According to a statement issued by International Launch Services before the launching, it was intended to provide “mobile satellite services to support national security, civil and humanitarian efforts and will provide disaster relief, emergency services, telemedicine, rural education and government agency operations.”

The Proton-M is regarded as a workhorse but has encountered numerous problems in its decades of service. In 2013, a leadership shake-up at Roscosmos was prompted in part by the fourth failed launch of a Proton-M rocket within three years.

Officials said further launchings would be suspended until the cause of Saturday’s crash was determined.

The Mexican ministry said International Launch Services would create a commission to investigate the accident.

It said the satellite loss was “100 percent” covered by insurance, a point that seemed aimed at a domestic population often skeptical of the government’s spending on big projects.

The ministry said it still planned to launch another communications satellite from Cape Canaveral, Fla., aboard a Lockheed Martin rocket in October.

Gerardo Ruiz Esparza, the transportation and communications secretary, said that the lost satellite and its launching were valued at $390 million.

“I regret the mission was not a success,” Mr. Esparza said. “If Mexico is joining in these high technologies, we are going to have to learn to live with the risks that are not uncommon in this industry. The benefit is not so much being in the space era so much as the service it could provide to Mexicans.”

Randal C. Archibold contributed reporting from Mexico City.

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Nuclear Experimentation Year 70 – Playing With Madness

Ethan Indigo Smith, ContributorThe recent “news” on the nuclear situation in Iran brings to light the madhouse of cards on which the postmodern world is built. Or rather, it would bring the madness to light if the major media outlets of the world were not bought up and sold out to the military industrial complex, and therefore completely misinformed on the actions and dangers of the nuclear experimentation industry.The story is not just about [...]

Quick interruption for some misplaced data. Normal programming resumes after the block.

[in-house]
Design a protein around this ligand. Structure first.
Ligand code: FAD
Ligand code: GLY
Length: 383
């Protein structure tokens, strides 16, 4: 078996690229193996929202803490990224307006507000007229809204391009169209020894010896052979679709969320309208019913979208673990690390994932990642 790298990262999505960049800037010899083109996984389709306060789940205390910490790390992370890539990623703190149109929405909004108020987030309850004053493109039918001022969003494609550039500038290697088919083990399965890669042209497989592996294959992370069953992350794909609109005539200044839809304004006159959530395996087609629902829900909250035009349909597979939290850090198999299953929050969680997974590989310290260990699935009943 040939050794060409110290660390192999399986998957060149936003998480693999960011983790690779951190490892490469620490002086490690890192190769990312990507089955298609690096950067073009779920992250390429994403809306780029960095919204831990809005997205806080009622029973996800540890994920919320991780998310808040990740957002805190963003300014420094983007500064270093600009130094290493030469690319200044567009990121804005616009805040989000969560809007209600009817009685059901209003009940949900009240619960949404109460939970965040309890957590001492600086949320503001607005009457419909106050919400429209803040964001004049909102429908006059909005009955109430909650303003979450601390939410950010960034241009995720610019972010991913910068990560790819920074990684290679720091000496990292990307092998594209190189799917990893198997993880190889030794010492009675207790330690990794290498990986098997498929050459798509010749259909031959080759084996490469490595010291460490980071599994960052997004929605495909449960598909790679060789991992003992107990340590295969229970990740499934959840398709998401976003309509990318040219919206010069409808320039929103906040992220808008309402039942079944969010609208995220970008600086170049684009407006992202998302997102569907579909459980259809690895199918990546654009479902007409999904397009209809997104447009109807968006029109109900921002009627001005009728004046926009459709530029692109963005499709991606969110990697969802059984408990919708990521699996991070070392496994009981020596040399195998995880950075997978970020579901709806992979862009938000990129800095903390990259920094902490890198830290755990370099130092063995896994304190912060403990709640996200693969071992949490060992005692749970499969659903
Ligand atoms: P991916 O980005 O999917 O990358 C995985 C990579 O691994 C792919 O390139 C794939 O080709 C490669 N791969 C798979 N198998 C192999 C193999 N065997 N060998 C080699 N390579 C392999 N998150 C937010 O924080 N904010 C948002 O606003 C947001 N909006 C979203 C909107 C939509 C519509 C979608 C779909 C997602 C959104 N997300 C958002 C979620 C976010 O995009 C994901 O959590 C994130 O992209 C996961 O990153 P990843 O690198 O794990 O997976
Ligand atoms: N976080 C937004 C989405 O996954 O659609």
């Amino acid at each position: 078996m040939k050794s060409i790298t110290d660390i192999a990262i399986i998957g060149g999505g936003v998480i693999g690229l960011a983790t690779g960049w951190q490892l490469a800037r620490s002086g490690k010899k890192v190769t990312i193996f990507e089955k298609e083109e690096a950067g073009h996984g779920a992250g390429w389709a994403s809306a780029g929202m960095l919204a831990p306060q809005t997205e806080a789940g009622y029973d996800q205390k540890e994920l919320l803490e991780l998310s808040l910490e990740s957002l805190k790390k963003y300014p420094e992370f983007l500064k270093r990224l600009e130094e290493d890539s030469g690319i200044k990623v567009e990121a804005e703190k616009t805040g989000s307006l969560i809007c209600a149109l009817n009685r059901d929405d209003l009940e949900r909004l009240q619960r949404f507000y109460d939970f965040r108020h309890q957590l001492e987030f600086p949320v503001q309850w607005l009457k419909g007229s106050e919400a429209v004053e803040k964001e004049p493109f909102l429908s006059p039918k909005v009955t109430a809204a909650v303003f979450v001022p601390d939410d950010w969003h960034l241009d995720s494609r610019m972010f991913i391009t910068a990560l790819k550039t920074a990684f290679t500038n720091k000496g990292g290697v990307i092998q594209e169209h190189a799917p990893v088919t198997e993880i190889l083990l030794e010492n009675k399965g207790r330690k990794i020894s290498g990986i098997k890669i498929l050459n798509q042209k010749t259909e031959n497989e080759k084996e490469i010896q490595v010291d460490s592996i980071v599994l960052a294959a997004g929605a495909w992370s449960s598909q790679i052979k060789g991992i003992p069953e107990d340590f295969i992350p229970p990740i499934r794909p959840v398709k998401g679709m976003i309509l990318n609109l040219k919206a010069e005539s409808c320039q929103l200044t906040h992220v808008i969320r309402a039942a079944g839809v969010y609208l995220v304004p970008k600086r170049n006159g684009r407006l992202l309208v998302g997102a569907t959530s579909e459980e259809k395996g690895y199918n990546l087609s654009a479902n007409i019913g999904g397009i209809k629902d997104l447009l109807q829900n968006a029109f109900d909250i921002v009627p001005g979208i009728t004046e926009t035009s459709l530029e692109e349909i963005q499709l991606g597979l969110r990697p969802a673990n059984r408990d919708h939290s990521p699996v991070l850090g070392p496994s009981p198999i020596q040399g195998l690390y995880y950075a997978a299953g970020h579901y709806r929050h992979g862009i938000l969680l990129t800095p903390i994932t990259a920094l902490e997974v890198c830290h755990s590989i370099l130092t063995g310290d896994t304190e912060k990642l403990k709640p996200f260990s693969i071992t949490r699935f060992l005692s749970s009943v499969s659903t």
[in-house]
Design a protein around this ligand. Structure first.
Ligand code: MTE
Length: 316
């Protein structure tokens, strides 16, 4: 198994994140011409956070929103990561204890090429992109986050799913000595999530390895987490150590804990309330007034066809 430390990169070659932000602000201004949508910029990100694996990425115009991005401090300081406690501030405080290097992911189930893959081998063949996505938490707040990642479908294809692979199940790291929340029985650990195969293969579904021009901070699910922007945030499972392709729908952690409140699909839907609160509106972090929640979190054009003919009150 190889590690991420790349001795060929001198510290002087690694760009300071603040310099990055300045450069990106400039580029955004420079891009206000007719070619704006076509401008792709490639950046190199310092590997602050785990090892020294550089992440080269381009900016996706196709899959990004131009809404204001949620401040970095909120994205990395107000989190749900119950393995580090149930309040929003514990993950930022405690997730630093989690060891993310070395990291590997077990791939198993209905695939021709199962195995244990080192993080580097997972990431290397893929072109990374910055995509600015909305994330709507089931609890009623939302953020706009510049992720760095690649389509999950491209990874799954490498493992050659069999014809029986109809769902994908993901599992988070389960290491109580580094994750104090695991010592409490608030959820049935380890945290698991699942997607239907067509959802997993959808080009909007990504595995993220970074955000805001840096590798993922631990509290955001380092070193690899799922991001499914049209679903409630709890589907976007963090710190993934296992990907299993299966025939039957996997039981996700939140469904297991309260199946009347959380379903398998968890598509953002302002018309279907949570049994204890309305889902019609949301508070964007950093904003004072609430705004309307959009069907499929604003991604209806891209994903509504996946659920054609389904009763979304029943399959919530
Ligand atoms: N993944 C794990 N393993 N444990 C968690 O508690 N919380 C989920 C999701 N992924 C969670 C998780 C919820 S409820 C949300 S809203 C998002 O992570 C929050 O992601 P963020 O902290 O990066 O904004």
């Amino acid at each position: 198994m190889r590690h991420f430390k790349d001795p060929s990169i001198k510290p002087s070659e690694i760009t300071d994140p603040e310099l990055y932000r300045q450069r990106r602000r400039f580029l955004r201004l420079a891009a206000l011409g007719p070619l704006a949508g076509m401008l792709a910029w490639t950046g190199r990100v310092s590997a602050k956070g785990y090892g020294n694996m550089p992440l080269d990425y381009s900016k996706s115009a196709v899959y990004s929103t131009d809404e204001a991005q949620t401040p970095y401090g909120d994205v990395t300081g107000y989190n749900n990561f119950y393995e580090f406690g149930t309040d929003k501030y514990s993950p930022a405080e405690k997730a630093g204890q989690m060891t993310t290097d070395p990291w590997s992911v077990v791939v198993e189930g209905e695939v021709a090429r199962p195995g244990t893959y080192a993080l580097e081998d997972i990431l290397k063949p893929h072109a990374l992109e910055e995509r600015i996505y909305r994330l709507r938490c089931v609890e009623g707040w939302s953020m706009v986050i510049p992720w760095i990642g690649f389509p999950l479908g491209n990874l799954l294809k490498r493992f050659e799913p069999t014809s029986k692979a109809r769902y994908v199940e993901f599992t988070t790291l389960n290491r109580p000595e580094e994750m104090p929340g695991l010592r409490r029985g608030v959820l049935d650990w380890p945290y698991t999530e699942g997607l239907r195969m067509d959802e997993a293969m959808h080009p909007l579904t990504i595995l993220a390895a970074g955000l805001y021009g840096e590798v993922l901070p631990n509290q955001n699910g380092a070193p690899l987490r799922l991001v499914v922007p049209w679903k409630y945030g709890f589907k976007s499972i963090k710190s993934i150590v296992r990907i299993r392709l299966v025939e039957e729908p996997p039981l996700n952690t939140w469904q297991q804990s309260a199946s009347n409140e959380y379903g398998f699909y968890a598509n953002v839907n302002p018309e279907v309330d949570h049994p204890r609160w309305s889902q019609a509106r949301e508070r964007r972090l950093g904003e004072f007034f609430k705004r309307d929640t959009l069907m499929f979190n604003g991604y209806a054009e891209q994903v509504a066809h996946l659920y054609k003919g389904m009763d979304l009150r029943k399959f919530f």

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Why the U.S. Gave Up on the Moon

Moon nearside



Excerpt from spacenews.com


Recently, several space advocacy groups joined forces to form the Alliance for Space Development. Their published objectives include a mention of obvious near-term goals such as supporting the commercial crew program, transitioning from use of the International Space Station to future private space stations and finding ways to reduce the cost of access to space.  What is notably missing from these objectives and those of many other space agencies, companies and advocacy groups is any mention of building a permanent settlement on the moon. It’s as if the lunar surface has become our crazy uncle that we all acknowledge exists but we’d prefer not to mention (or visit).  What made the next logical step in mankind’s progression beyond the bounds of Earth such a taboo subject?  If, as the Alliance for Space Development suggests, our nation wishes to move toward a path of permanent space settlements, the most logical step is our own planet’s satellite.

Lunar base conception
A 2006 NASA conception of a lunar base. Credit: NASA